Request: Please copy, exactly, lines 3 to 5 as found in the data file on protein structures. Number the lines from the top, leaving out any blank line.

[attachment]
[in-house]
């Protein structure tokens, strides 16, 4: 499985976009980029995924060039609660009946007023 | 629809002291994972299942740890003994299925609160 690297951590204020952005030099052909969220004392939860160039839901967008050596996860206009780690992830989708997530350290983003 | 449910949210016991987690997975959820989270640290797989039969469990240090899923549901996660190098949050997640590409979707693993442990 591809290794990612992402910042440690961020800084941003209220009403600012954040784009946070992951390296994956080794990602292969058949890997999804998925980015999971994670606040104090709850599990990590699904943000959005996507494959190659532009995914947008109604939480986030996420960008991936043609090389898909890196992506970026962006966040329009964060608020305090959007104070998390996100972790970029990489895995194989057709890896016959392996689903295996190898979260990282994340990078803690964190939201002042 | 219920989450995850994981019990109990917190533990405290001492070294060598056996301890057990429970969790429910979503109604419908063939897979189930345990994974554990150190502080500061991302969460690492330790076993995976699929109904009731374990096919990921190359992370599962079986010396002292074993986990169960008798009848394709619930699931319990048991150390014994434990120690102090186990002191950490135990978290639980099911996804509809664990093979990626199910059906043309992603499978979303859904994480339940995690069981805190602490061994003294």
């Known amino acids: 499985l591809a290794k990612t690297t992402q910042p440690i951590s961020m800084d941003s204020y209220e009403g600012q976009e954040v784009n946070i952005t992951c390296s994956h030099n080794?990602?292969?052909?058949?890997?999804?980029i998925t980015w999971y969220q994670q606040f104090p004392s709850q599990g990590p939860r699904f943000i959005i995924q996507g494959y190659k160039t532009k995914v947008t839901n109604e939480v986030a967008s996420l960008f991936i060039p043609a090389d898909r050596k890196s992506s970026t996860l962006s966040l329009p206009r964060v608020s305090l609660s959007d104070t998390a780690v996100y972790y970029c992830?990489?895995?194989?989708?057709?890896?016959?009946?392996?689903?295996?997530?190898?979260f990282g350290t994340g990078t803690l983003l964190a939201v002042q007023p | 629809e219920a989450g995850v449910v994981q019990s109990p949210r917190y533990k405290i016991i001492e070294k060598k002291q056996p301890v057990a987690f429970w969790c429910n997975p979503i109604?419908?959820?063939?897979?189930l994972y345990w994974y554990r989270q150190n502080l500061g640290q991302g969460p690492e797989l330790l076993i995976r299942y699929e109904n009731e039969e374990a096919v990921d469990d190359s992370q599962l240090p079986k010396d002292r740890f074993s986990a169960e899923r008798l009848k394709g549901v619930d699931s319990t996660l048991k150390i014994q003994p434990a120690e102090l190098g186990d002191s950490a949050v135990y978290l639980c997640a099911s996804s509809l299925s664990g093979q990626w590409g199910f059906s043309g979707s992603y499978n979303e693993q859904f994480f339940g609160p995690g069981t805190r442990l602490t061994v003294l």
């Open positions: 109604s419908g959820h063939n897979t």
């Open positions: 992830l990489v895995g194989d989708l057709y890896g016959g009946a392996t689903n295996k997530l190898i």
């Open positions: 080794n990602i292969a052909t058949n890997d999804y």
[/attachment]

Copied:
């Known amino acids: 499985l591809a290794k990612t690297t992402q910042p440690i951590s961020m800084d941003s204020y209220e009403g600012q976009e954040v784009n946070i952005t992951c390296s994956h030099n080794?990602?292969?052909?058949?890997?999804?980029i998925t980015w999971y969220q994670q606040f104090p004392s709850q599990g990590p939860r699904f943000i959005i995924q996507g494959y190659k160039t532009k995914v947008t839901n109604e939480v986030a967008s996420l960008f991936i060039p043609a090389d898909r050596k890196s992506s970026t996860l962006s966040l329009p206009r964060v608020s305090l609660s959007d104070t998390a780690v996100y972790y970029c992830?990489?895995?194989?989708?057709?890896?016959?009946?392996?689903?295996?997530?190898?979260f990282g350290t994340g990078t803690l983003l964190a939201v002042q007023p | 629809e219920a989450g995850v449910v994981q019990s109990p949210r917190y533990k405290i016991i001492e070294k060598k002291q056996p301890v057990a987690f429970w969790c429910n997975p979503i109604?419908?959820?063939?897979?189930l994972y345990w994974y554990r989270q150190n502080l500061g640290q991302g969460p690492e797989l330790l076993i995976r299942y699929e109904n009731e039969e374990a096919v990921d469990d190359s992370q599962l240090p079986k010396d002292r740890f074993s986990a169960e899923r008798l009848k394709g549901v619930d699931s319990t996660l048991k150390i014994q003994p434990a120690e102090l190098g186990d002191s950490a949050v135990y978290l639980c997640a099911s996804s509809l299925s664990g093979q990626w590409g199910f059906s043309g979707s992603y499978n979303e693993q859904f994480f339940g609160p995690g069981t805190r442990l602490t061994v003294l």
């Open positions: 109604s419908g959820h063939n897979t």
């Open positions: 992830l990489v895995g194989d989708l057709y890896g016959g009946a392996t689903n295996k997530l190898i």